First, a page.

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Consitutional Committee Discusses Simplifying Passage

March 19, 2009 — Members of the committee of the 5th V.I. Constitutional Convention tasked with writing constitutional passages on economic development, technology and energy met briefly Thursday, agreeing in principle to shorten and simplify the language.
There was no quorum at the hearing, allowing discussion and recommendations but no votes or changes to the preliminary draft language.
The initial language introduced by committee chairman Stedman Hodge directs the V.I. government to promote and maximize the use of technology within the government, then describes areas the government should work to bring in the most modern, efficiency boosting technology.
Delegate Mary Moorhead said some of the language overlapped with passages of the draft constitution addressing public education, and one or the other would have to be consolidated. She also questioned whether the level of detail might be too specific.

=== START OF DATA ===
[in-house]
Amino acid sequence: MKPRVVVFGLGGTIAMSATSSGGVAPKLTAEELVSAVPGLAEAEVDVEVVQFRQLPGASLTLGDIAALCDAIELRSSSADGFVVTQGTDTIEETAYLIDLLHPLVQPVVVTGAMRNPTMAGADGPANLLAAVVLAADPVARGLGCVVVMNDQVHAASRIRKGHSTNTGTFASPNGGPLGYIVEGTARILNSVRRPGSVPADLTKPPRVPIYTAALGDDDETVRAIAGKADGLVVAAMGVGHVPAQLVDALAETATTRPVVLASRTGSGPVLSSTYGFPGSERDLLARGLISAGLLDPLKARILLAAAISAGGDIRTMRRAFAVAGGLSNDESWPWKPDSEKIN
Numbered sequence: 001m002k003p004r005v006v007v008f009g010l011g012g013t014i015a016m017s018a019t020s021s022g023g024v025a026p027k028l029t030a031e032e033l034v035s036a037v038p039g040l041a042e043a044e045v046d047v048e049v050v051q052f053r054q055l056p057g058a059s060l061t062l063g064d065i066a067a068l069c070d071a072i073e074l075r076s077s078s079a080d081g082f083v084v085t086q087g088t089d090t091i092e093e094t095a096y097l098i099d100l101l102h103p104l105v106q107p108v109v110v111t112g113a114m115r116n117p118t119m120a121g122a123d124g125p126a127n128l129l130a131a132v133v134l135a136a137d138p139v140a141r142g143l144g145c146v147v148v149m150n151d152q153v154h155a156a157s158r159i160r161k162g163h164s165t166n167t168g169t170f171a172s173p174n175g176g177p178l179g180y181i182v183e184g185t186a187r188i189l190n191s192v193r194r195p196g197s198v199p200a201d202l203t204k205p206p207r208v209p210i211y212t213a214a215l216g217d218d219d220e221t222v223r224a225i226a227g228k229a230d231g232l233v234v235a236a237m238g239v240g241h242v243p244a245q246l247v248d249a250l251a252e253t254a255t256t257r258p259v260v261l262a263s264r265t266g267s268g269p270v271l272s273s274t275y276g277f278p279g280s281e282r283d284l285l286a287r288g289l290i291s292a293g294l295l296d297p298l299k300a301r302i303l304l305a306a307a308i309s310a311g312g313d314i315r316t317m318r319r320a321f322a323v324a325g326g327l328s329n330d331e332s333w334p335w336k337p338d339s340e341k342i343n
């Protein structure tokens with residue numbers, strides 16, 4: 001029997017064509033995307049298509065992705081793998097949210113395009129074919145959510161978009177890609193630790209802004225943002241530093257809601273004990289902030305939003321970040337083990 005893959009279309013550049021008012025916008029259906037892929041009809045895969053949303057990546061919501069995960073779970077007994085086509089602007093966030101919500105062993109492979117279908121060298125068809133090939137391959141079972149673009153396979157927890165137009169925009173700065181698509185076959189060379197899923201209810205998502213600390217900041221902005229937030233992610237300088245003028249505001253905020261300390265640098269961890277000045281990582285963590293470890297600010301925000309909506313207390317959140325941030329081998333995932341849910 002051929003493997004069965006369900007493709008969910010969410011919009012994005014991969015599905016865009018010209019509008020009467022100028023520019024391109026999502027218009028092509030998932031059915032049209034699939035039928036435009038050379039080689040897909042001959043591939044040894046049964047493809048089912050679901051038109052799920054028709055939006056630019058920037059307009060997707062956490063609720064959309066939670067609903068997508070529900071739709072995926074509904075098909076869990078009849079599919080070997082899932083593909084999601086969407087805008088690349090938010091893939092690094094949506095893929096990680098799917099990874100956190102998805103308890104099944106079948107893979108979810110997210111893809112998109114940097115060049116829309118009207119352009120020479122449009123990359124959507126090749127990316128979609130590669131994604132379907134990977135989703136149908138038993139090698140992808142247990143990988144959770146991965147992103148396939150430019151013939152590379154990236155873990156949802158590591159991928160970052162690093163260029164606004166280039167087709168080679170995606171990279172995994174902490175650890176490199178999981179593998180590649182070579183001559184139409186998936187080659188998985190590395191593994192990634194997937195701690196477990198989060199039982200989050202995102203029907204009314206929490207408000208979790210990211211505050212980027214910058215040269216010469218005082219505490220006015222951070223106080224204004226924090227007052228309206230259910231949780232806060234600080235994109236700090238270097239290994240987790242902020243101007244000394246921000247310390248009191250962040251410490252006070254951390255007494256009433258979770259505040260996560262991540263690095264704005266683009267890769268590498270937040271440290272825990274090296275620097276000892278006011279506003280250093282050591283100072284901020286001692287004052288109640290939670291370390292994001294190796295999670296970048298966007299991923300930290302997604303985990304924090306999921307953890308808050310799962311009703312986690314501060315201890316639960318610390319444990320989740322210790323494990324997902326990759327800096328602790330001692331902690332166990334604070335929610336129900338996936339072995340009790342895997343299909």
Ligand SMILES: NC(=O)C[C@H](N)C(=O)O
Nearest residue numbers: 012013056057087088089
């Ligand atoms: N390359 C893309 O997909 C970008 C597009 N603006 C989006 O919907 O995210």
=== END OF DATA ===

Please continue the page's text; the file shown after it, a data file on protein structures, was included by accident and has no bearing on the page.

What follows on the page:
"Some of these seem to belong to the government divisions, not necessarily constitutional requirements," she said.
Delegates Claire Roker and Gerard Emanuel both suggested keeping the passage simple might make it more effective.
"To me, the objective should be the most modern technology in every department," Roker said.
Those present agreed in principle on reducing the technology article to a simple statement requiring the government to promote and maximize the use state of the art technology.
As there was no quorum, no votes for formal changes to the language could be made, but the delegates present made notes with the intention of offering amendments for a vote at the next hearing of the entire constitutional convention.
The hearing was by teleconference at both campuses of the University of the Virgin Islands. Present were Stedman Hodge Jr., Thomas Moore, Mary Moorhead, Claire Roker and non-committee member Gerard Emanuel. Absent were Craig Barshinger, Adelbert Bryan, Lois Hassel-Habtes and Kendall "Seigo" Petersen.
The convention has a deadline of May 31 to produce a draft document.
The U.S. Congress passed a law in 1976 to allow the people of the Virgin Islands and Guam to adopt territorial constitutions. Any constitution has to be consistent with federal law and with the U.S. constitution. The government must be republican in form, with executive, legislative and judicial branches, and it must have a bill of rights. But there are few other restrictions.
There have been four previous constitutional conventions but no territorial constitution yet. The most recent convention was in 1980. For a detailed history of previous conventions and extensive background information on the subject, see "V.I. CONSTITUTIONAL CONVENTIONS: BACKGROUND."

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